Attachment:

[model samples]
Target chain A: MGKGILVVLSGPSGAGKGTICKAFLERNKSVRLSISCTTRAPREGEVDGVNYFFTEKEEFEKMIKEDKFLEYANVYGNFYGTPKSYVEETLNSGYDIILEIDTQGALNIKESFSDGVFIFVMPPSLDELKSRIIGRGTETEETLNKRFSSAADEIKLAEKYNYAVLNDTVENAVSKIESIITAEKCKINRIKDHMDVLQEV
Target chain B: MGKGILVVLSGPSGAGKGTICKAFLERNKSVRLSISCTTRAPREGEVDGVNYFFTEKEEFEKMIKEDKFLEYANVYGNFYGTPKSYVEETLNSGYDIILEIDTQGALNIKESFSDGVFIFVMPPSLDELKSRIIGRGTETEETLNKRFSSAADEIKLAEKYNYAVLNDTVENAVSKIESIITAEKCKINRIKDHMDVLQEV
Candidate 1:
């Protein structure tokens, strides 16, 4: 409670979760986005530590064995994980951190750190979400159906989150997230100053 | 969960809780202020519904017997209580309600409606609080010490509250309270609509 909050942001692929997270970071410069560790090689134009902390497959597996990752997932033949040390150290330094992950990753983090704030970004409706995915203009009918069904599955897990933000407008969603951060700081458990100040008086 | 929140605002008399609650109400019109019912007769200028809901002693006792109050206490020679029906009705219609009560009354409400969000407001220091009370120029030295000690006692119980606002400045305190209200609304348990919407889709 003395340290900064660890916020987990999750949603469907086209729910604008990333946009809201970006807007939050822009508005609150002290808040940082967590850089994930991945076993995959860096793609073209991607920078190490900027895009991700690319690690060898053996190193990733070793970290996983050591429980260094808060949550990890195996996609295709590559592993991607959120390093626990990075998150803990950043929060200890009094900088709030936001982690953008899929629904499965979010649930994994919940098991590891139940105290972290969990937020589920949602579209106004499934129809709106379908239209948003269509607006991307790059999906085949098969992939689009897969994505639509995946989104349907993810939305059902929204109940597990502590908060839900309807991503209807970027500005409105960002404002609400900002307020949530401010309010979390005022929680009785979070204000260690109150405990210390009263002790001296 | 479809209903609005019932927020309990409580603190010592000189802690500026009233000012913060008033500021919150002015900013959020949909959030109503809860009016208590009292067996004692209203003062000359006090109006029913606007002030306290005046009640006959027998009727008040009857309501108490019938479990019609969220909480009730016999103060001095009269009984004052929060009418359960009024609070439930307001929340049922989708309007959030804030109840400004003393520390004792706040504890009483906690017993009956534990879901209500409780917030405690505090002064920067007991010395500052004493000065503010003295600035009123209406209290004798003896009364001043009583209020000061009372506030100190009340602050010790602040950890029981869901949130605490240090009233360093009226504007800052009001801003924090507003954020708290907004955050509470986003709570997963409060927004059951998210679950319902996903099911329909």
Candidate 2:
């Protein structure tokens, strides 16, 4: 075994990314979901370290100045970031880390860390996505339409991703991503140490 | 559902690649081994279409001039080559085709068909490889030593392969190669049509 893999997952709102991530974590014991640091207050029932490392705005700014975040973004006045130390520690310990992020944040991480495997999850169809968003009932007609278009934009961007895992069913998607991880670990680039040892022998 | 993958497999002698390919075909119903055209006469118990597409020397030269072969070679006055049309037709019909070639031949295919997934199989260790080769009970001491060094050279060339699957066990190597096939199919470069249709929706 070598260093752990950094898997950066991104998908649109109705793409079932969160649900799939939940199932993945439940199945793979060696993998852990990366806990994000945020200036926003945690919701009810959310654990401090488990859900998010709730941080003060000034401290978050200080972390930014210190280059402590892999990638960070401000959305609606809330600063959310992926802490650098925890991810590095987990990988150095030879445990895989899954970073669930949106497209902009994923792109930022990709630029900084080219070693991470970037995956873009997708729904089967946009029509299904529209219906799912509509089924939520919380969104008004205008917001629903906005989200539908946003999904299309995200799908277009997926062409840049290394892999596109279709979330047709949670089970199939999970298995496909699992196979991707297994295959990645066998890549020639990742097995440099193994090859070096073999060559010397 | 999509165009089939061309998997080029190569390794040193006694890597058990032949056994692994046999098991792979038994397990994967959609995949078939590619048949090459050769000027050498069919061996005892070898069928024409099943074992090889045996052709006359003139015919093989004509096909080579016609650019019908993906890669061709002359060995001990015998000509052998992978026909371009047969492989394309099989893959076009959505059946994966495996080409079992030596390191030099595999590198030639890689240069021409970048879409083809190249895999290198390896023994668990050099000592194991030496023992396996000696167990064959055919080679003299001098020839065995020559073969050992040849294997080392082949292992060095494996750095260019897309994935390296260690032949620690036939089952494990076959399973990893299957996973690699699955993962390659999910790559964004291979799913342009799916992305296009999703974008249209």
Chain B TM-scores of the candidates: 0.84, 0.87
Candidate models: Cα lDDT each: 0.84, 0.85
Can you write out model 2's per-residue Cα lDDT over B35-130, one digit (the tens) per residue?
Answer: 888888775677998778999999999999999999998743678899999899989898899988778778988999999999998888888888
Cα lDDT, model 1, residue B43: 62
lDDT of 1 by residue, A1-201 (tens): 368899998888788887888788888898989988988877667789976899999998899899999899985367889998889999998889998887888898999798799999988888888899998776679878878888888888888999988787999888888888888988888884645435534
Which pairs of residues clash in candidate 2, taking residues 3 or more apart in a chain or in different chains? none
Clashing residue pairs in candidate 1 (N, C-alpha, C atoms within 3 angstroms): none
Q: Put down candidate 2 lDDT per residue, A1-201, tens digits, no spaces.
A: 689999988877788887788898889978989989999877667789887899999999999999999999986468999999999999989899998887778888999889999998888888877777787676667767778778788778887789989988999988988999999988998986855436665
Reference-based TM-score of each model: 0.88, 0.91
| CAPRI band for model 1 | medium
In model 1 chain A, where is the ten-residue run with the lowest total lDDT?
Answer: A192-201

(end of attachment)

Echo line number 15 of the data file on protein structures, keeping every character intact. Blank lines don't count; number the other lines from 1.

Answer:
Clashing residue pairs in candidate 1 (N, C-alpha, C atoms within 3 angstroms): none